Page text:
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How structured conversations can improve quality and safety

In recent months, we have seen numerous examples of human service systems that have failed – sometimes catastrophically and with deadly consequences.

With all the emphasis on quality in recent decades, why do things go badly wrong as often as they do, particularly in systems dependent on human activities? Weren’t accreditation regimes and performance indicators supposed to ensure that systems work as intended, delivering quality products and services that meet defined standards?

Perhaps it is time to re-appraise the limitations of the quality processes that were supposed to guard against such failures, and identify supplementary approaches that can fill the gaps that are now becoming apparent.

In our experience, significant system failures are very often the end result of lots of little “mutations” in the way processes and protocols are implemented. It’s not that individuals set out to deliberately implement a process incorrectly, but rather that each person introduces small variations in their practice to meet their own requirements or work preferences. Some changes improve the process, but many do not and almost none of the variations are documented.

On their own, these deviations in practice usually go undetected since they don’t appear to cause a problem. Importantly, because they are tolerated, the deviations become the new “norms” of practice. Indeed, staff who are responsible for training new team members are very likely to teach their version of the protocol to others, who in turn add further adaptations over time. Eventually, the cumulative adaptations tip the system over the tolerance threshold.

Unfortunately, since indicators tend to focus on outputs/outcomes or the quantifiable aspects of processes, organisations that rely on indicator measurements to tell them whether all is well will usually not detect these deviations in practice until it is too late.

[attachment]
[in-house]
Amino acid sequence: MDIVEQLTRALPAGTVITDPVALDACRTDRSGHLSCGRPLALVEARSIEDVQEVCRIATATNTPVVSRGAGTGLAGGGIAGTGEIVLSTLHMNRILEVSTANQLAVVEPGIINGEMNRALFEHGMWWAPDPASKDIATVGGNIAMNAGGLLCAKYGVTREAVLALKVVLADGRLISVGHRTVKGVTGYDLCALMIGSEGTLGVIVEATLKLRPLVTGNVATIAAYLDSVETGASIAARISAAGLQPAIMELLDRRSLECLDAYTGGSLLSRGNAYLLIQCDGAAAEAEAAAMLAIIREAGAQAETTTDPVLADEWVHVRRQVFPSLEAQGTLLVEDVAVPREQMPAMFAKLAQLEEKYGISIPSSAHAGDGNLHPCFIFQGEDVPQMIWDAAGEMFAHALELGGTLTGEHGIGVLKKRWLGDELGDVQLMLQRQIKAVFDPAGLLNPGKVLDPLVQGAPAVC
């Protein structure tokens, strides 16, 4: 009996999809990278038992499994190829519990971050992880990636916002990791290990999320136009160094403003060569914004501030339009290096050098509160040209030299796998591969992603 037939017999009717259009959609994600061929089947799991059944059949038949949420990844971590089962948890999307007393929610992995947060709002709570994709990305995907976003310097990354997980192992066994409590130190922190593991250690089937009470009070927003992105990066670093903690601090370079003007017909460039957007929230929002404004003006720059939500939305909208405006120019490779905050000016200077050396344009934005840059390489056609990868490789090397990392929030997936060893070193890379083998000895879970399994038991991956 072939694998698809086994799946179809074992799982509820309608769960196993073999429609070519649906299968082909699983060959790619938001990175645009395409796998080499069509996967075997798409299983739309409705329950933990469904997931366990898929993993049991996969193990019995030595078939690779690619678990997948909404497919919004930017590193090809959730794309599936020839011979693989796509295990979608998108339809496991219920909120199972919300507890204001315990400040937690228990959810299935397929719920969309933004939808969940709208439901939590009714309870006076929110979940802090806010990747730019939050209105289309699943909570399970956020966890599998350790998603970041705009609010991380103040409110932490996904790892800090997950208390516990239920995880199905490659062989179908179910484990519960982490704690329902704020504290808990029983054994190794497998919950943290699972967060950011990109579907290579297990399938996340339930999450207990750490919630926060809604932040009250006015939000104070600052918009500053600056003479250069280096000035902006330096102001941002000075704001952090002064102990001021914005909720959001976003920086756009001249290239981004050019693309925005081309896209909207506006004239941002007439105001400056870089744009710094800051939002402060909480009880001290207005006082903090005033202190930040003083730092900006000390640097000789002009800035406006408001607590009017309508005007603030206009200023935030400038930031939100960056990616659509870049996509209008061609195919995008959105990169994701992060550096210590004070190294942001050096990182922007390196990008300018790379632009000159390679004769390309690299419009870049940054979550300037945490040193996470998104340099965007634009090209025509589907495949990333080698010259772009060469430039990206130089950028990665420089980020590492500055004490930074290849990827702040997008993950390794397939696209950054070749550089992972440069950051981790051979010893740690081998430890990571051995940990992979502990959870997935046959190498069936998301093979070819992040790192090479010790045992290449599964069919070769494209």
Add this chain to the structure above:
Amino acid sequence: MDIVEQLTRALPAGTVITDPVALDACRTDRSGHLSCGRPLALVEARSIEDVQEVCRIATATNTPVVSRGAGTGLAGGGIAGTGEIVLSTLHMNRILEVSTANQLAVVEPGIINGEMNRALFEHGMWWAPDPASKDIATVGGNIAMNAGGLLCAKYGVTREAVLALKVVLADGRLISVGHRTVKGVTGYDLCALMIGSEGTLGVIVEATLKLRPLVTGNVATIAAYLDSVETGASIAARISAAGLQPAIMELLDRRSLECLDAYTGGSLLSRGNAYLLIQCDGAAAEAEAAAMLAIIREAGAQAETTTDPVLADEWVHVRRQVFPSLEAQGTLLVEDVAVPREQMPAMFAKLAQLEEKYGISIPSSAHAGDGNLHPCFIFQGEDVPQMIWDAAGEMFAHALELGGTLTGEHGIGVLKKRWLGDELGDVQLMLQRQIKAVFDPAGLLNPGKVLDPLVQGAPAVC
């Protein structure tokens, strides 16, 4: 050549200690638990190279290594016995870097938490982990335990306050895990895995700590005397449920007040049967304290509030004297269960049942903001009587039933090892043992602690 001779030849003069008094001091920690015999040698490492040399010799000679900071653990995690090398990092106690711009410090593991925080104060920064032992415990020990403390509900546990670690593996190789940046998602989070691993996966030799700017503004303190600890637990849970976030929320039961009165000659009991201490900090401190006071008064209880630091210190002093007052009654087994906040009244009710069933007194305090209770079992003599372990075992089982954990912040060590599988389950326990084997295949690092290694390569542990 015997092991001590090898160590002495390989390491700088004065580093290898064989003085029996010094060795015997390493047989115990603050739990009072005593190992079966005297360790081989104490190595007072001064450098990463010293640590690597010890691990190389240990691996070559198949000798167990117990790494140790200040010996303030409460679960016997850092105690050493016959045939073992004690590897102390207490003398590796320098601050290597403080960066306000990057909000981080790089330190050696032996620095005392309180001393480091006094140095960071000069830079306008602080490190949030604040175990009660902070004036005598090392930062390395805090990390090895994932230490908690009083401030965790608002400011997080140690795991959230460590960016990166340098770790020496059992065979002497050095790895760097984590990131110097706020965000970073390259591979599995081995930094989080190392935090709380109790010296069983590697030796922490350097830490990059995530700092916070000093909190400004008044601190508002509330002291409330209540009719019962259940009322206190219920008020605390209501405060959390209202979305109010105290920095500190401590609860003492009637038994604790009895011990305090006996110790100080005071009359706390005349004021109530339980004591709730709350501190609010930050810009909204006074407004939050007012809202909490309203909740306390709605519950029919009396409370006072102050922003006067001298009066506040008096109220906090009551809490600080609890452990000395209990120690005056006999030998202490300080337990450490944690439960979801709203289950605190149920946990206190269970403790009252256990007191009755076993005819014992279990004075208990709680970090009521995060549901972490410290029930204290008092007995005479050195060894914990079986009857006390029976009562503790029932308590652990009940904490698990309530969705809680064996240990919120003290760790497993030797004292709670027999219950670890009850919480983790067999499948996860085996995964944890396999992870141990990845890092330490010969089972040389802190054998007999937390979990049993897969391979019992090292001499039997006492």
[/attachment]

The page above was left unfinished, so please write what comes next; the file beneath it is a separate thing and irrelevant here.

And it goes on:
It’s not that indicator measurement has no value in quality assurance. It’s just that indicators are the wrong instrument to monitor the small shifts in practice that are the root cause of many system failures.

What is needed is a systematic approach to evaluation of business processes that deliberately explores how staff do their daily work and why they work the way they do. Rather than hope that protocol adaptation doesn’t occur, organisations could use systematic process evaluation to periodically re-acquaint staff with the protocols they are expected to follow and help staff to identify and address the issues that prevent them from doing so.

These ideas have informed our thinking in developing the MEERQAT concept. Our tools provide a framework for structured and consistent team-based conversations about business processes. The interactive maps provide information to the team about how a process or program is intended to be implemented, and allow the team to capture empirical evidence about how the process or program is actually being implemented, including the what and why of any variations that have been introduced by staff.

Teams that use our tools report that staff engage well with a graphical approach to process evaluation and develop a sense of ownership both of issue diagnosis and the resulting quality improvement action plan. A major benefit is the organisational learning – both horizontal and vertical – as staff discuss every aspect of process implementation.

Of course, implementing such an approach to quality improvement can only occur if senior managers are prepared to encourage and enable their staff to undertake these discussions. And if one or two hours of structured conversations each week could prevent a catastrophic system failure, it would certainly be worth it.

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